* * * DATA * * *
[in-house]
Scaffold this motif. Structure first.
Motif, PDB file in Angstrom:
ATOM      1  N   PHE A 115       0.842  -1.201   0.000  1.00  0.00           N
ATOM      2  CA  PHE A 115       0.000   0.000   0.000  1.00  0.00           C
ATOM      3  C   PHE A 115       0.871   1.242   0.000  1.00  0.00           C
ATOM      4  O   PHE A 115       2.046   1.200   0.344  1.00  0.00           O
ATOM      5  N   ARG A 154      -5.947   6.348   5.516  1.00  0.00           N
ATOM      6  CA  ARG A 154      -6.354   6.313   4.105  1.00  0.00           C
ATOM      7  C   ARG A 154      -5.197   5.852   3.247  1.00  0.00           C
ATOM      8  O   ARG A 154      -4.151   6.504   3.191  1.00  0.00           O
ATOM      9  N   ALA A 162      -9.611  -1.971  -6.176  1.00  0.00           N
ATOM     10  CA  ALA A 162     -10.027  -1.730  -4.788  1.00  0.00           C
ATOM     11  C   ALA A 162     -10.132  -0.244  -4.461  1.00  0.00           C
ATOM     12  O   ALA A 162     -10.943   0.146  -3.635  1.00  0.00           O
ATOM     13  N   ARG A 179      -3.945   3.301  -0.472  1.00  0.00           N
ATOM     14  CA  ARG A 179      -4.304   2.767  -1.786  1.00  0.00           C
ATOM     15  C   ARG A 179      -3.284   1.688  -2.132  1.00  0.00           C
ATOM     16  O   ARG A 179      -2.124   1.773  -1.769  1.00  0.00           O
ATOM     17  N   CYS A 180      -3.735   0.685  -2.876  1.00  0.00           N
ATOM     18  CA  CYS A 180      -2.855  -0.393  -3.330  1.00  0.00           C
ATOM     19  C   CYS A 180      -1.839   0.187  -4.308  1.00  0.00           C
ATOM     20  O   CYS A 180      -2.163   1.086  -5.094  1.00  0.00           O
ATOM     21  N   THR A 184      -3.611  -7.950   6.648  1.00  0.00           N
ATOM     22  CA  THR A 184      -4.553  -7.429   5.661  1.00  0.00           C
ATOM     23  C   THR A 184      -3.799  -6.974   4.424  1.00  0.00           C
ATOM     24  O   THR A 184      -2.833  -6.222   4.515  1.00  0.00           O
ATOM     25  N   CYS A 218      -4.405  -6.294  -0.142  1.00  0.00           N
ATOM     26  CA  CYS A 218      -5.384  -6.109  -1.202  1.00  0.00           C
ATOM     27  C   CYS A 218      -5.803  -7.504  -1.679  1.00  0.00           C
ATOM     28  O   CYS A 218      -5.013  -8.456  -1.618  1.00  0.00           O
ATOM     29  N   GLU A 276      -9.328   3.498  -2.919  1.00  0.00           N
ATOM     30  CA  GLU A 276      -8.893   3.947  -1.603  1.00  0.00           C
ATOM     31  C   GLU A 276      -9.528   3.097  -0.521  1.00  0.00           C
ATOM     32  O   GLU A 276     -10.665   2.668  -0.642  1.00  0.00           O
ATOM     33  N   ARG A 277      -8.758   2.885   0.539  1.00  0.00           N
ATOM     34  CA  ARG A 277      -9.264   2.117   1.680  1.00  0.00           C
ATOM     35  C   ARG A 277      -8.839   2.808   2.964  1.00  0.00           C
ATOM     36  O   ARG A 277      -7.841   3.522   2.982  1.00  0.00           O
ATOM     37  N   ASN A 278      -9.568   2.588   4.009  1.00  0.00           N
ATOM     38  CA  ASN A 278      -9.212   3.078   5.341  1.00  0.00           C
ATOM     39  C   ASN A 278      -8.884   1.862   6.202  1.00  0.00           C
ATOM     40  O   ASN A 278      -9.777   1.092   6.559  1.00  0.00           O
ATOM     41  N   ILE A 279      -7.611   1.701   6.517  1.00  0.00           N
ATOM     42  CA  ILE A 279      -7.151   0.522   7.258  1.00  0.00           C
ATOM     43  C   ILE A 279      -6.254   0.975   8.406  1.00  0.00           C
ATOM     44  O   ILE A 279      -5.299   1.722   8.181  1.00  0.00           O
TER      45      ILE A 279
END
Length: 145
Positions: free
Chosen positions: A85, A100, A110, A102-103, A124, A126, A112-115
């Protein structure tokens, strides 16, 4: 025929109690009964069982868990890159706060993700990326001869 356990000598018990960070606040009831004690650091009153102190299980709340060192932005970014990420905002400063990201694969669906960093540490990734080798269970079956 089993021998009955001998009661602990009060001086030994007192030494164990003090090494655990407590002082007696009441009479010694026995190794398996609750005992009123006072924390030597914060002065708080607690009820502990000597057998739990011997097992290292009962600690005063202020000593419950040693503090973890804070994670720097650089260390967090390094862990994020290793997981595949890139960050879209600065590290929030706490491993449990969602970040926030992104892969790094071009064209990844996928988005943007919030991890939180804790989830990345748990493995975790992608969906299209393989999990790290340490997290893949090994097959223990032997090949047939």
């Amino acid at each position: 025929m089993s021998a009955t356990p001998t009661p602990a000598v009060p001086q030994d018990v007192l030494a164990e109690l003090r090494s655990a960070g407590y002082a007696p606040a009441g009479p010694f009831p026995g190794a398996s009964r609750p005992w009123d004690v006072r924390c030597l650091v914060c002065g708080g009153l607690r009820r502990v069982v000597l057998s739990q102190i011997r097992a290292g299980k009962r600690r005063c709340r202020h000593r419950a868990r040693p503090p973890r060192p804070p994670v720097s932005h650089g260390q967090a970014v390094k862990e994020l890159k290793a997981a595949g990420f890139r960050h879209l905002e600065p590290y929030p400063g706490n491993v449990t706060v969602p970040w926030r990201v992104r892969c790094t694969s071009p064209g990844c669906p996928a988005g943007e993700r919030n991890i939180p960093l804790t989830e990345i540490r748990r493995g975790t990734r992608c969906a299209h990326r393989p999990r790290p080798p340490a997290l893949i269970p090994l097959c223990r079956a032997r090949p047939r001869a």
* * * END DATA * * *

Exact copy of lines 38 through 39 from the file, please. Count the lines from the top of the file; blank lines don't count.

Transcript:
ATOM     35  C   ARG A 277      -8.839   2.808   2.964  1.00  0.00           C
ATOM     36  O   ARG A 277      -7.841   3.522   2.982  1.00  0.00           O